- new function in context menu -> Change to submit many malware samples .
We rescently had to add 100 firewall entries for p1*,webroot ect to our firewall.
wildcard firewall entrys are not recommend by most vendors due to stress put on the firewall resolving the incoming packets
a better dns architucture and amazon ip services would be better.
google dns for example
our symantec message labs services is something like cluster6.apac,symantecloud.com.
A major oversight in the product is the inability to see the currently journaled applications or allow applications that may only run for an instant but nevertheless be monitored and restricted. Or they may never run again, potentially leaving very large journaling files.
Take for example a print driver installer. You launch it and run it but it doesn't fully install. You then launch it, go into Control Active Processes, allow the main installer, and try again. However, you look in the log and it is launching executables under it that never have a chance to show up in the Control Active Processes window. You never get a chance to allow them and your installation is impeded.
Webroot's response to this is to contact support to whitelist the files via the MD5s in submitted logs or to add a file via Block/Allow files. This is not an acceptable solution for power or home users. Power users should be given full status and control of their protection, and navigating temporary directories under appdata is not a reasonable task for home users to perform. In addition, in many cases files are extracted to a random temporary directory and immediately deleted. There may never be a chance for the normal user to ever manually allow them.
Webroot needs to implement a dialog where users can see a full listing of the data that Webroot is storing on their PC via journaling and the applications it has decided to monitor and restrict from performing fully. Your competitors that have their own centralized reputation engines allow this.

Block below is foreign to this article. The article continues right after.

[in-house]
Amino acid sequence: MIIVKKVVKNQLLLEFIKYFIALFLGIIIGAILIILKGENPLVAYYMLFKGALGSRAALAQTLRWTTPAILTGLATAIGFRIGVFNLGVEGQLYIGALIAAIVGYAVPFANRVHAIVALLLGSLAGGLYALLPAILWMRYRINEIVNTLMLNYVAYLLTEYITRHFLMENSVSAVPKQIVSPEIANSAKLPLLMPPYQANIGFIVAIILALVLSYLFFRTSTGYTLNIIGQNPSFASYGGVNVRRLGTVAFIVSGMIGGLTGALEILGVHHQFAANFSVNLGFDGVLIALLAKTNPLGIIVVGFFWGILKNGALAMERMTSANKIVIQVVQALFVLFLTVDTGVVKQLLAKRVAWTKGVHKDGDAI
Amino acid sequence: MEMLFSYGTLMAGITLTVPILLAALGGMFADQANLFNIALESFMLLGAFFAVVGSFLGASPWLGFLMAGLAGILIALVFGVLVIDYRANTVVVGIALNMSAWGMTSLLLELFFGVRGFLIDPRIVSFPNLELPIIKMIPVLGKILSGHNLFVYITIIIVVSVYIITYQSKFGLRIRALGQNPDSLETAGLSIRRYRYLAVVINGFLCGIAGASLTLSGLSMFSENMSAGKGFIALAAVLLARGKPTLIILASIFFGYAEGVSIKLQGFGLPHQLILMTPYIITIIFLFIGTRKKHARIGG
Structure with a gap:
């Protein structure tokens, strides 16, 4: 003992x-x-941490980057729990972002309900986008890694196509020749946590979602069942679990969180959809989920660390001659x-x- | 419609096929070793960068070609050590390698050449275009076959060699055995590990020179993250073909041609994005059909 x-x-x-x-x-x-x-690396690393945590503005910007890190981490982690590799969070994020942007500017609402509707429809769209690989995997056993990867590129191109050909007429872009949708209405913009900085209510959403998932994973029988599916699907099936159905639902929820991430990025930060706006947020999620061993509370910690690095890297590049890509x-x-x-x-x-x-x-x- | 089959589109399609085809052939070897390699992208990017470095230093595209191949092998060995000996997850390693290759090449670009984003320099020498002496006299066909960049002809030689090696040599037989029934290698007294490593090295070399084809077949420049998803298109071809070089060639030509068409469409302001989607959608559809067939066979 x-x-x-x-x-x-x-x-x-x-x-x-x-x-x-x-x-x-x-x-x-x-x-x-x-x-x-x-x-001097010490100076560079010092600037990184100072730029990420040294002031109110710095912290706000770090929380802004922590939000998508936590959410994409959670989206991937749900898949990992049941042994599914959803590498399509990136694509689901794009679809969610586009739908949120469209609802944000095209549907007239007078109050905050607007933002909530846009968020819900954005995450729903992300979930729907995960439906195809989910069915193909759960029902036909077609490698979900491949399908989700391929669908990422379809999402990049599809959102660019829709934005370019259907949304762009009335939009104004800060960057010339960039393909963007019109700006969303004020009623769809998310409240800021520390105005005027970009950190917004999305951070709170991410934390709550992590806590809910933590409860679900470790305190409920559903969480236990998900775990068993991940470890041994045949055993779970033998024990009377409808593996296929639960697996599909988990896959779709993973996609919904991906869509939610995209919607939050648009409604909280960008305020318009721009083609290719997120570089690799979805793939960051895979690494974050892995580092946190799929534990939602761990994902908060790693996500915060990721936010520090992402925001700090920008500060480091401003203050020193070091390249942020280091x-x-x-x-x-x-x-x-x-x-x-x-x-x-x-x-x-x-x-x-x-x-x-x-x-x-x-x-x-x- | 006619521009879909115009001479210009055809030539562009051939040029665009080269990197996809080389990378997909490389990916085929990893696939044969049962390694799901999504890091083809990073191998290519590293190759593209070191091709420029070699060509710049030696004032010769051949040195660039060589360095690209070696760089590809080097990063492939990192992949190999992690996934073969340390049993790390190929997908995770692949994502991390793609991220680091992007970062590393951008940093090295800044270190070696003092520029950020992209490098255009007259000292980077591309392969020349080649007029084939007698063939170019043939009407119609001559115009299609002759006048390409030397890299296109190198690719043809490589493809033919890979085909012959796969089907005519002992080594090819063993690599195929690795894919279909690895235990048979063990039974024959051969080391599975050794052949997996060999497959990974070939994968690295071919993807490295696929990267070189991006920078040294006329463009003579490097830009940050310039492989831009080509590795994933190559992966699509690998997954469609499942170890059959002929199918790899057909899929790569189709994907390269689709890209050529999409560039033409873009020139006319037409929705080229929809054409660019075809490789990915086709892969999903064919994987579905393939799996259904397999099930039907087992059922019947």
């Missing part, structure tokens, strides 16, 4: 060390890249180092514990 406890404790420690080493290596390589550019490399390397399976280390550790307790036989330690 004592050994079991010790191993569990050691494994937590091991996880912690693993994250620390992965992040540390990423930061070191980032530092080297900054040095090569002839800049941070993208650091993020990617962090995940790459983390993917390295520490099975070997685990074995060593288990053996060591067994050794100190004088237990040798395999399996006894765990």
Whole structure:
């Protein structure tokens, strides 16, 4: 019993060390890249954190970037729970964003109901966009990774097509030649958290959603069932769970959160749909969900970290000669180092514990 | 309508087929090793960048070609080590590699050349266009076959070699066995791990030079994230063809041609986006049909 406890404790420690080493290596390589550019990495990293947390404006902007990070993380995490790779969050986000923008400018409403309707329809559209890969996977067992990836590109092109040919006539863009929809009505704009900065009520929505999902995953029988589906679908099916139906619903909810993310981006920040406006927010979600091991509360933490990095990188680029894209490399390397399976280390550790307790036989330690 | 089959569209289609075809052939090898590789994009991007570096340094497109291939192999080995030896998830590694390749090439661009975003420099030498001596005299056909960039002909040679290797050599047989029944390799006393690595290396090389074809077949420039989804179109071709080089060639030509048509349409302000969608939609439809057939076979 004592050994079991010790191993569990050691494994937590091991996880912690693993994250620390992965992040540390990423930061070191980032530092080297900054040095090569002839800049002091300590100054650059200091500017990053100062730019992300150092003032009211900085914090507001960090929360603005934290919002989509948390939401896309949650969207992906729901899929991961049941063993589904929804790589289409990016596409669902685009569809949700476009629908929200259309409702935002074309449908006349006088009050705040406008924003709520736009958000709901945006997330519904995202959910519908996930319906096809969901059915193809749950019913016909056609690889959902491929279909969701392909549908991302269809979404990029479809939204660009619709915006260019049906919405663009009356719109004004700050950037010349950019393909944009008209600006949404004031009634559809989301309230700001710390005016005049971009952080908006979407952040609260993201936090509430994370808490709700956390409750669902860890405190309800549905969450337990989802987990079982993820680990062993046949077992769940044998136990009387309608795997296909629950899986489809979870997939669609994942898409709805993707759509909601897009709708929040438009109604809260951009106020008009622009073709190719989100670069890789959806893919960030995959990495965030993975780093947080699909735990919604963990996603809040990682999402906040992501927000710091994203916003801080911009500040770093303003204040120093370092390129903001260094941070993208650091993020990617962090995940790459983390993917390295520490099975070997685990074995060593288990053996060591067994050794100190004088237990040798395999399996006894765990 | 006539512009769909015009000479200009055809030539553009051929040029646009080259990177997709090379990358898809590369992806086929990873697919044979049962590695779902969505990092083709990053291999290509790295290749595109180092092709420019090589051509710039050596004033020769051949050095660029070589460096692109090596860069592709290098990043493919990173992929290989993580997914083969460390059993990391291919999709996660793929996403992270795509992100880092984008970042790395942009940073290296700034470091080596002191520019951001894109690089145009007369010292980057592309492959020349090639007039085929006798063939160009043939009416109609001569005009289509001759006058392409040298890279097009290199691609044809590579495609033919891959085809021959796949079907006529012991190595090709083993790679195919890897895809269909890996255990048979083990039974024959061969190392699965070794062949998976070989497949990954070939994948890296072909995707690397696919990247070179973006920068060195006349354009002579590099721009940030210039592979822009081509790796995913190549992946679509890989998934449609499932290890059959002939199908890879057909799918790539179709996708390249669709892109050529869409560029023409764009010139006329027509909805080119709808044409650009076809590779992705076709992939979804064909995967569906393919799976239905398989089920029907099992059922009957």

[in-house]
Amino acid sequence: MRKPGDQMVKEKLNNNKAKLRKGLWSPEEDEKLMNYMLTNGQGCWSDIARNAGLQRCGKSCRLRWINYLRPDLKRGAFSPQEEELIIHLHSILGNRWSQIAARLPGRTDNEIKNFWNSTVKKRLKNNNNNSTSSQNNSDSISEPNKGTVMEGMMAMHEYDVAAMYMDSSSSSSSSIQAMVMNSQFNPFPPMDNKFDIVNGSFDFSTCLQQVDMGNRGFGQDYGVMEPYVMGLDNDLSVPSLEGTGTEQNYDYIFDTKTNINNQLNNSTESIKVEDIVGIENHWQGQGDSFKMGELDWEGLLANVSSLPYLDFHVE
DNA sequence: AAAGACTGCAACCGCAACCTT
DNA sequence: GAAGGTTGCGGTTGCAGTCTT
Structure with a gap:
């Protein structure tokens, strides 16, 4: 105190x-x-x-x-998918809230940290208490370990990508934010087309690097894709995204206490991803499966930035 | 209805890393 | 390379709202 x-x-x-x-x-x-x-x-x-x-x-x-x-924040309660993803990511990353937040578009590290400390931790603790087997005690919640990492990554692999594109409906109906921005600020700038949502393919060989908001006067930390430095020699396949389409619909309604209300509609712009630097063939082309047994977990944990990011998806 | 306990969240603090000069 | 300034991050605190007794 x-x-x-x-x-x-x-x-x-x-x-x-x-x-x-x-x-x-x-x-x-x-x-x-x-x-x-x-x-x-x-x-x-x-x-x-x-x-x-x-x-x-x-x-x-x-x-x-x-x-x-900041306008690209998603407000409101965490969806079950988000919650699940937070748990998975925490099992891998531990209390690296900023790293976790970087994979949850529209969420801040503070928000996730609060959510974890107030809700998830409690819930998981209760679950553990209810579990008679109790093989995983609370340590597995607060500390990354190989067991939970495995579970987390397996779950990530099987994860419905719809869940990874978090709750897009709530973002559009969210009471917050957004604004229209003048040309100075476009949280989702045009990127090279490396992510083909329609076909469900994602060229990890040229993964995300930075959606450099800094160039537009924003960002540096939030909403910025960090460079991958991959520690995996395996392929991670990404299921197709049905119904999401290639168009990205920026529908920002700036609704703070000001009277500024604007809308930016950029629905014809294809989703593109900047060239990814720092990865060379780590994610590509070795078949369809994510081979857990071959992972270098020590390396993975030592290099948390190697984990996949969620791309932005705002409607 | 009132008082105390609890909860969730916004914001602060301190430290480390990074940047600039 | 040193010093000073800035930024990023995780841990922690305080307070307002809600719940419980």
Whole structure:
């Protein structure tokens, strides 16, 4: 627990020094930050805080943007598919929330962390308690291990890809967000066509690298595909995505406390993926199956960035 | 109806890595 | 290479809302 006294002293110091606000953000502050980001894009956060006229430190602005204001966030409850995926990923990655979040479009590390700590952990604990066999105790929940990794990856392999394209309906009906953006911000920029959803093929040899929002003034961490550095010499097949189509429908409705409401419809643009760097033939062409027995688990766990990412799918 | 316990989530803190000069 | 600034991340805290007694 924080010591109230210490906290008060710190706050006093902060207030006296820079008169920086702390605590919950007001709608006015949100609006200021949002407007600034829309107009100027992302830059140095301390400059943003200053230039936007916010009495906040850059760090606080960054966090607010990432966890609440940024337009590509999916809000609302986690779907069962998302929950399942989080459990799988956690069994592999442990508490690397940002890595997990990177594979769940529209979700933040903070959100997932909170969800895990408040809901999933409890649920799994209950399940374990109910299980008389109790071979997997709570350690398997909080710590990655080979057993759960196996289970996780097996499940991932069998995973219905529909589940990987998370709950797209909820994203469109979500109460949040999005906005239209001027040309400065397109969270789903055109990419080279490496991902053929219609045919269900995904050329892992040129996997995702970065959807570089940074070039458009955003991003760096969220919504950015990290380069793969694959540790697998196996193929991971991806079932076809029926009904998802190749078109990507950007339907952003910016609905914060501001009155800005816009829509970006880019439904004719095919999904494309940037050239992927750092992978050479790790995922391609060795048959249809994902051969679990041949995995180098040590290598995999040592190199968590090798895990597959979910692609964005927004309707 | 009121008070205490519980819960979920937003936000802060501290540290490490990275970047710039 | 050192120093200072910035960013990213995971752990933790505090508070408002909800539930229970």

As an expert, I can work around these impediments. But I am in IT with experience on the product's philosophy, workings and Windows. This knowledge should not be required to control the fundamental design and operation of a product. And this is the most fundamental design. The journaling. This is a basic, core feature that should already be implemented.
Hello, here is a problem I'm having with WSA. I'm frequently forced to go to both "Control Active Processes" and "Application Protection" and manually 'Allow' applications that WSA has decided to "Monitor" or "Deny", causing them to not work properly. This is fine if it only happened once, but when these applications are updated (automatically or by the user) it's the same routine all over again.
I know I can report them to Webroot but it's no fun having to report every single application I use (except from mainstream ones that are auto-whitelisted) and even if I report them, it's not guaranteed at all that on the next update I won't have to manually 'Allow' or report them again - quite the contrary.
The idea is to stop blocking updated applications the user has already allowed him/herself. I know the .exe is different after updating but surely there must be a way to safely allow this. After all, the user requested it in the first place.
Having looked through this subject, my own thought is that it would be easier from a programming and legal perspective to simply have WR uncheck the boxes and flag up to the user to check that is what they require.
Or am I being a little naive here?